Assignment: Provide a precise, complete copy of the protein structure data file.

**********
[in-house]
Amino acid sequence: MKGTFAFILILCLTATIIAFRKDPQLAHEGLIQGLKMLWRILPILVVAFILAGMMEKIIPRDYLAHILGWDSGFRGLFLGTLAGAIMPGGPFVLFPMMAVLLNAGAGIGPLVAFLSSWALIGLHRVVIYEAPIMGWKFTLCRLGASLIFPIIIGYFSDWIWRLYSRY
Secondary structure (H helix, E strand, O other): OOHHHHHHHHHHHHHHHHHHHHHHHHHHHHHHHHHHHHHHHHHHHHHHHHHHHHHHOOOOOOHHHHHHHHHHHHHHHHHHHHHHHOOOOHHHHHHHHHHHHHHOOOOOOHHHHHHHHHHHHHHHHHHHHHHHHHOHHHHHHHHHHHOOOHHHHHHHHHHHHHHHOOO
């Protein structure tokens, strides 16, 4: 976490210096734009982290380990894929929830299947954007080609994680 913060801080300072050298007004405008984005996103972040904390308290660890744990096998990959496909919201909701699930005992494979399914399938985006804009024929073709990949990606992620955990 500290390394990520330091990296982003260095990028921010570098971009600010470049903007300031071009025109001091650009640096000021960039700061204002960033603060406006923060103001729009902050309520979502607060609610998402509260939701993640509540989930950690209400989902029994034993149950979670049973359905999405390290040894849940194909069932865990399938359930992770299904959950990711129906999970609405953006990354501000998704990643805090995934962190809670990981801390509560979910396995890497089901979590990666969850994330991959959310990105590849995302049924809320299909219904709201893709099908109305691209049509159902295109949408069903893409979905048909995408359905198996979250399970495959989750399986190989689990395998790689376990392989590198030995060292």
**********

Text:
[in-house]
Amino acid sequence: MKGTFAFILILCLTATIIAFRKDPQLAHEGLIQGLKMLWRILPILVVAFILAGMMEKIIPRDYLAHILGWDSGFRGLFLGTLAGAIMPGGPFVLFPMMAVLLNAGAGIGPLVAFLSSWALIGLHRVVIYEAPIMGWKFTLCRLGASLIFPIIIGYFSDWIWRLYSRY
Secondary structure (H helix, E strand, O other): OOHHHHHHHHHHHHHHHHHHHHHHHHHHHHHHHHHHHHHHHHHHHHHHHHHHHHHHOOOOOOHHHHHHHHHHHHHHHHHHHHHHHOOOOHHHHHHHHHHHHHHOOOOOOHHHHHHHHHHHHHHHHHHHHHHHHHOHHHHHHHHHHHOOOHHHHHHHHHHHHHHHOOO
């Protein structure tokens, strides 16, 4: 976490210096734009982290380990894929929830299947954007080609994680 913060801080300072050298007004405008984005996103972040904390308290660890744990096998990959496909919201909701699930005992494979399914399938985006804009024929073709990949990606992620955990 500290390394990520330091990296982003260095990028921010570098971009600010470049903007300031071009025109001091650009640096000021960039700061204002960033603060406006923060103001729009902050309520979502607060609610998402509260939701993640509540989930950690209400989902029994034993149950979670049973359905999405390290040894849940194909069932865990399938359930992770299904959950990711129906999970609405953006990354501000998704990643805090995934962190809670990981801390509560979910396995890497089901979590990666969850994330991959959310990105590849995302049924809320299909219904709201893709099908109305691209049509159902295109949408069903893409979905048909995408359905198996979250399970495959989750399986190989689990395998790689376990392989590198030995060292």